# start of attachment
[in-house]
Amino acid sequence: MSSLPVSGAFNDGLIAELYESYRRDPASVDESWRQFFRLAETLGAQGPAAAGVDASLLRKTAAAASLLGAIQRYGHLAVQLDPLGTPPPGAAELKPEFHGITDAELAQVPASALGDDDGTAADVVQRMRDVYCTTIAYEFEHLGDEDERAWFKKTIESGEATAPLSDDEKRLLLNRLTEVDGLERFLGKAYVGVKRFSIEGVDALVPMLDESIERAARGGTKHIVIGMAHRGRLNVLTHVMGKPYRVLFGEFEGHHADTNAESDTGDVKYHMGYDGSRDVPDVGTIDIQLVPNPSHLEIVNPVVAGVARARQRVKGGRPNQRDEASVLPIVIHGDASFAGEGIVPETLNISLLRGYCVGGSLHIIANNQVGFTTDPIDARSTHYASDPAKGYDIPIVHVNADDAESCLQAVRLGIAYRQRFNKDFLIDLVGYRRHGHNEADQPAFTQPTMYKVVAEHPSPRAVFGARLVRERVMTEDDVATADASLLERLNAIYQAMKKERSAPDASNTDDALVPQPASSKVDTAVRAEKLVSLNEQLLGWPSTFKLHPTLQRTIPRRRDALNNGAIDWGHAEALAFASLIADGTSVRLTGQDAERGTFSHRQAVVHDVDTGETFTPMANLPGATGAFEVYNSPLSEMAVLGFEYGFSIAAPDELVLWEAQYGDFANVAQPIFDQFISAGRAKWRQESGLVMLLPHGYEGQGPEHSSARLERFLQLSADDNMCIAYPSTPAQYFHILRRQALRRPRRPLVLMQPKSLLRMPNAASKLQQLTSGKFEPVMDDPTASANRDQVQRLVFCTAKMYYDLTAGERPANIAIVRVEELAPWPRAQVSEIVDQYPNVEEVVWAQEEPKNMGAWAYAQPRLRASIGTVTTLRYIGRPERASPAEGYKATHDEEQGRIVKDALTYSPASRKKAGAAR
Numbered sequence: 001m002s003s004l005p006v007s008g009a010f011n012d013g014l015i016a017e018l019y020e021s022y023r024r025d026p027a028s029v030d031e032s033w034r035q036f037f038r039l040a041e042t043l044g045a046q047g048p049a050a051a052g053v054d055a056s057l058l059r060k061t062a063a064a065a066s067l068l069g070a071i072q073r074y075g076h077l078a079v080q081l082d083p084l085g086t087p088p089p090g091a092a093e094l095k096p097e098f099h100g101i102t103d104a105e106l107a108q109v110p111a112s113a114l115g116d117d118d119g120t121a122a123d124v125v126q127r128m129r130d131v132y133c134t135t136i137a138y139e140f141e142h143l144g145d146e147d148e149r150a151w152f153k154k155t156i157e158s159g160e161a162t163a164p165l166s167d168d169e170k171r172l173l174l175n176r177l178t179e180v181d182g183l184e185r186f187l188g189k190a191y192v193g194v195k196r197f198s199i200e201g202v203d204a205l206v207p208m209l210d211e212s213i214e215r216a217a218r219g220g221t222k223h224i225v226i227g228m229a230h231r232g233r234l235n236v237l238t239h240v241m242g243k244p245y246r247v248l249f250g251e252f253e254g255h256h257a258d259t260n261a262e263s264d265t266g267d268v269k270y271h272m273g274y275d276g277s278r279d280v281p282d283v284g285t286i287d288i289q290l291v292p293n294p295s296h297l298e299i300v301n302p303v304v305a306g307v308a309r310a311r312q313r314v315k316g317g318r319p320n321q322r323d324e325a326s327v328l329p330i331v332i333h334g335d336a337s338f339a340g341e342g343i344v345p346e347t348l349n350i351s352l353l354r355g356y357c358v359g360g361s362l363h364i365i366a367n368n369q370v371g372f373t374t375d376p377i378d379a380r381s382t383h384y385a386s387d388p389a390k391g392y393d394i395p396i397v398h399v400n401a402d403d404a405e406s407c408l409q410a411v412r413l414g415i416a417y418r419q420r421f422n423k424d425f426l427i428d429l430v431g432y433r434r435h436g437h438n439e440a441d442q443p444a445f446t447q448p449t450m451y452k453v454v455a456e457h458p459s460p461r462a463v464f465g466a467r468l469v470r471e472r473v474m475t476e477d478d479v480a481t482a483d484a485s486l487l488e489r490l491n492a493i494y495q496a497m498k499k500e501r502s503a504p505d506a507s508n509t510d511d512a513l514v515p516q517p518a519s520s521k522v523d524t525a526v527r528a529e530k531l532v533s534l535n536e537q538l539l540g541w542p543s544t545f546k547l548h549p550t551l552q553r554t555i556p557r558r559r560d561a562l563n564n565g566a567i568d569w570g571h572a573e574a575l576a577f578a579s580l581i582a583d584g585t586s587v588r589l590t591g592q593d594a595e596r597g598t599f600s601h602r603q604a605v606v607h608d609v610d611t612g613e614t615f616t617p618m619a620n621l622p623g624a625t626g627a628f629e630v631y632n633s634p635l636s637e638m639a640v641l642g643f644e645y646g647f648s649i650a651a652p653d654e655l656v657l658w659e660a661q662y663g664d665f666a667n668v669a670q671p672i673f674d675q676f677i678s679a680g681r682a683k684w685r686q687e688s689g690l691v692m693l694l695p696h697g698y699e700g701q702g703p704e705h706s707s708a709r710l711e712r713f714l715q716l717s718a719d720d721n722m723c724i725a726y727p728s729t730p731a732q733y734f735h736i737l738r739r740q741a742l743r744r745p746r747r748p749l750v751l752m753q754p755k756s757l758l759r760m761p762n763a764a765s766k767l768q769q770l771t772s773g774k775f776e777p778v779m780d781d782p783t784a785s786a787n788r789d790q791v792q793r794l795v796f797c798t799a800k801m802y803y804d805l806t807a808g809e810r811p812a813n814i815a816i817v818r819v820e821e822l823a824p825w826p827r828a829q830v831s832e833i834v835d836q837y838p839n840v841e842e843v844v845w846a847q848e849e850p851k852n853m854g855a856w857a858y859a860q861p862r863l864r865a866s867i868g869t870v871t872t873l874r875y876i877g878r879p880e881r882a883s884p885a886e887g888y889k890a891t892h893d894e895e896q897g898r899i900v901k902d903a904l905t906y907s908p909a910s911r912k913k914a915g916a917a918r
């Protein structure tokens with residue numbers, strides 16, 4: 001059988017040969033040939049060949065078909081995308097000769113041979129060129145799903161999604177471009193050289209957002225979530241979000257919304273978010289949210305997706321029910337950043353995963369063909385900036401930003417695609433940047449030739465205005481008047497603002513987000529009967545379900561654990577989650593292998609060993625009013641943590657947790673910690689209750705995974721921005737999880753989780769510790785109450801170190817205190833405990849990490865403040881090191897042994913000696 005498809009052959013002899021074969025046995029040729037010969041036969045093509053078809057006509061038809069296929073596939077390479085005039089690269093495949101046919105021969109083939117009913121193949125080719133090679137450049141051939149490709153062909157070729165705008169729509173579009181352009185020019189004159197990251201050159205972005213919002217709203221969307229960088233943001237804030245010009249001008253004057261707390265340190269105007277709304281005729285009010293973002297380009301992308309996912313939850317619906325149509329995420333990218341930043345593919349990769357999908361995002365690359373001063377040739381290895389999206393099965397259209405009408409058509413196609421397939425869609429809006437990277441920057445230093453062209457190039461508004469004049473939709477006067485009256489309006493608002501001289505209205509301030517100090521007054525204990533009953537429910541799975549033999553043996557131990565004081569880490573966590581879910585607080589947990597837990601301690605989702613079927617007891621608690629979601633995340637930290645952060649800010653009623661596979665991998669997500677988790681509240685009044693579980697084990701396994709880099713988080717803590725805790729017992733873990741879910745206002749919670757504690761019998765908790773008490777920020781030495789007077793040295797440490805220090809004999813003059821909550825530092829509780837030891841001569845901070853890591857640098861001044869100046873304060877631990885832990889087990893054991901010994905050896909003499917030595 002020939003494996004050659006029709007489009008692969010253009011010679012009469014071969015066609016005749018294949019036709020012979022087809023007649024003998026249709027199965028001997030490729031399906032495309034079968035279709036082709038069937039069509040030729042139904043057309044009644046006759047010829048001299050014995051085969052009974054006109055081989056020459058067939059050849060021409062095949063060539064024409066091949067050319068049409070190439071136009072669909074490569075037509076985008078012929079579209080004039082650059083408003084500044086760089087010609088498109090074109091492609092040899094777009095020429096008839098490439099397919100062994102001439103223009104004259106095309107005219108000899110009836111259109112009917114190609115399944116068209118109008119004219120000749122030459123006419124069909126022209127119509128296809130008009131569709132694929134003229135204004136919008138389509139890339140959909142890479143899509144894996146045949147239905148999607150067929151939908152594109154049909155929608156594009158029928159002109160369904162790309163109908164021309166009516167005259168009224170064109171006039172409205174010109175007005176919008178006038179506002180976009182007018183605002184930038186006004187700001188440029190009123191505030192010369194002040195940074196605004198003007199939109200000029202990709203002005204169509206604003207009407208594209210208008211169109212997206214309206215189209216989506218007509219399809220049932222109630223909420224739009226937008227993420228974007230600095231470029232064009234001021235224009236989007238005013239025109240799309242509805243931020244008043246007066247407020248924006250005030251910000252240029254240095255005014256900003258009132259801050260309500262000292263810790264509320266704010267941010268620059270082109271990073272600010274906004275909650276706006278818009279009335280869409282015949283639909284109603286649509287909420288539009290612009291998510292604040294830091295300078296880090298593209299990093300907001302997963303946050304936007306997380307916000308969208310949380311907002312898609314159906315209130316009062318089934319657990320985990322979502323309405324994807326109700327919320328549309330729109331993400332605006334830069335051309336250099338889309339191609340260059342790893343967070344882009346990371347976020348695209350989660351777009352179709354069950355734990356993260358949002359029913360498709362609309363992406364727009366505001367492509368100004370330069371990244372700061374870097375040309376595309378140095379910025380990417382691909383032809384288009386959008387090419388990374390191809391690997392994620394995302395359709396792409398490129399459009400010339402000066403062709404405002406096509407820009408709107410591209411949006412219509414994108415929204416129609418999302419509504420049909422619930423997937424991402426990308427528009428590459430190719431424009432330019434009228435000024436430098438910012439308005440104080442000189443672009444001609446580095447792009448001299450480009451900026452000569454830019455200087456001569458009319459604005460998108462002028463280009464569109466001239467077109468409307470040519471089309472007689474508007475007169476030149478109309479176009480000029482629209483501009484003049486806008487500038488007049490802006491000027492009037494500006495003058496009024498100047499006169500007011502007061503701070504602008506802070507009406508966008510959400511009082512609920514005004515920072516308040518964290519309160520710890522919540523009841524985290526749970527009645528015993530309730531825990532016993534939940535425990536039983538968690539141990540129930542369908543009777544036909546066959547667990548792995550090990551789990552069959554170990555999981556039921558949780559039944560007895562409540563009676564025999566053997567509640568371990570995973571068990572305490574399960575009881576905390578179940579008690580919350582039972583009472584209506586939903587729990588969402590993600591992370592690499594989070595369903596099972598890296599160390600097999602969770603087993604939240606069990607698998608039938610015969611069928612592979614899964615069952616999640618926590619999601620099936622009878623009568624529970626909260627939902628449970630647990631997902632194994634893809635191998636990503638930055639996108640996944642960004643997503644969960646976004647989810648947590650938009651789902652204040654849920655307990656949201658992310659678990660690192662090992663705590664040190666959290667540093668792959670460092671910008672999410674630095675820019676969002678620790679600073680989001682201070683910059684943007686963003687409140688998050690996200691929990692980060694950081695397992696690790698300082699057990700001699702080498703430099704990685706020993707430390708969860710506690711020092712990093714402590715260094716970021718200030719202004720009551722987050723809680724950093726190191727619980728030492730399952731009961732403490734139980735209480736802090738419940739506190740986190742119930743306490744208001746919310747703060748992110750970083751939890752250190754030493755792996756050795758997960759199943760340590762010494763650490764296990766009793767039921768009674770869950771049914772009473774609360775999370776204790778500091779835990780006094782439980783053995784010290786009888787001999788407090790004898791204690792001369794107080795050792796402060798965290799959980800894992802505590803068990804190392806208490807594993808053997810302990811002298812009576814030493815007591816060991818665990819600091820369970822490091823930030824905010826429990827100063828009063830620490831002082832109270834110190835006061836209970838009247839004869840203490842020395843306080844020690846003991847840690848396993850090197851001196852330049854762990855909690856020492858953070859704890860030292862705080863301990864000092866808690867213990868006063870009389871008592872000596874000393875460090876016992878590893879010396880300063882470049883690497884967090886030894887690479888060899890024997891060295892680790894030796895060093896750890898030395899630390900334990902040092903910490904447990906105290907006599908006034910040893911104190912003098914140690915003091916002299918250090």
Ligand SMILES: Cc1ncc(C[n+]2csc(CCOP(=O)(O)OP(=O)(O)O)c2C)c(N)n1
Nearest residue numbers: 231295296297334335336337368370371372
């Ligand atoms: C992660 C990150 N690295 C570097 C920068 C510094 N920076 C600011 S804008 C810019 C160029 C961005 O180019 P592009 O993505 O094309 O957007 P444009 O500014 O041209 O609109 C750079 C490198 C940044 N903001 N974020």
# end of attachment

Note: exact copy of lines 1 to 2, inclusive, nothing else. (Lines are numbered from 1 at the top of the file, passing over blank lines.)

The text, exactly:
[in-house]
Amino acid sequence: MSSLPVSGAFNDGLIAELYESYRRDPASVDESWRQFFRLAETLGAQGPAAAGVDASLLRKTAAAASLLGAIQRYGHLAVQLDPLGTPPPGAAELKPEFHGITDAELAQVPASALGDDDGTAADVVQRMRDVYCTTIAYEFEHLGDEDERAWFKKTIESGEATAPLSDDEKRLLLNRLTEVDGLERFLGKAYVGVKRFSIEGVDALVPMLDESIERAARGGTKHIVIGMAHRGRLNVLTHVMGKPYRVLFGEFEGHHADTNAESDTGDVKYHMGYDGSRDVPDVGTIDIQLVPNPSHLEIVNPVVAGVARARQRVKGGRPNQRDEASVLPIVIHGDASFAGEGIVPETLNISLLRGYCVGGSLHIIANNQVGFTTDPIDARSTHYASDPAKGYDIPIVHVNADDAESCLQAVRLGIAYRQRFNKDFLIDLVGYRRHGHNEADQPAFTQPTMYKVVAEHPSPRAVFGARLVRERVMTEDDVATADASLLERLNAIYQAMKKERSAPDASNTDDALVPQPASSKVDTAVRAEKLVSLNEQLLGWPSTFKLHPTLQRTIPRRRDALNNGAIDWGHAEALAFASLIADGTSVRLTGQDAERGTFSHRQAVVHDVDTGETFTPMANLPGATGAFEVYNSPLSEMAVLGFEYGFSIAAPDELVLWEAQYGDFANVAQPIFDQFISAGRAKWRQESGLVMLLPHGYEGQGPEHSSARLERFLQLSADDNMCIAYPSTPAQYFHILRRQALRRPRRPLVLMQPKSLLRMPNAASKLQQLTSGKFEPVMDDPTASANRDQVQRLVFCTAKMYYDLTAGERPANIAIVRVEELAPWPRAQVSEIVDQYPNVEEVVWAQEEPKNMGAWAYAQPRLRASIGTVTTLRYIGRPERASPAEGYKATHDEEQGRIVKDALTYSPASRKKAGAAR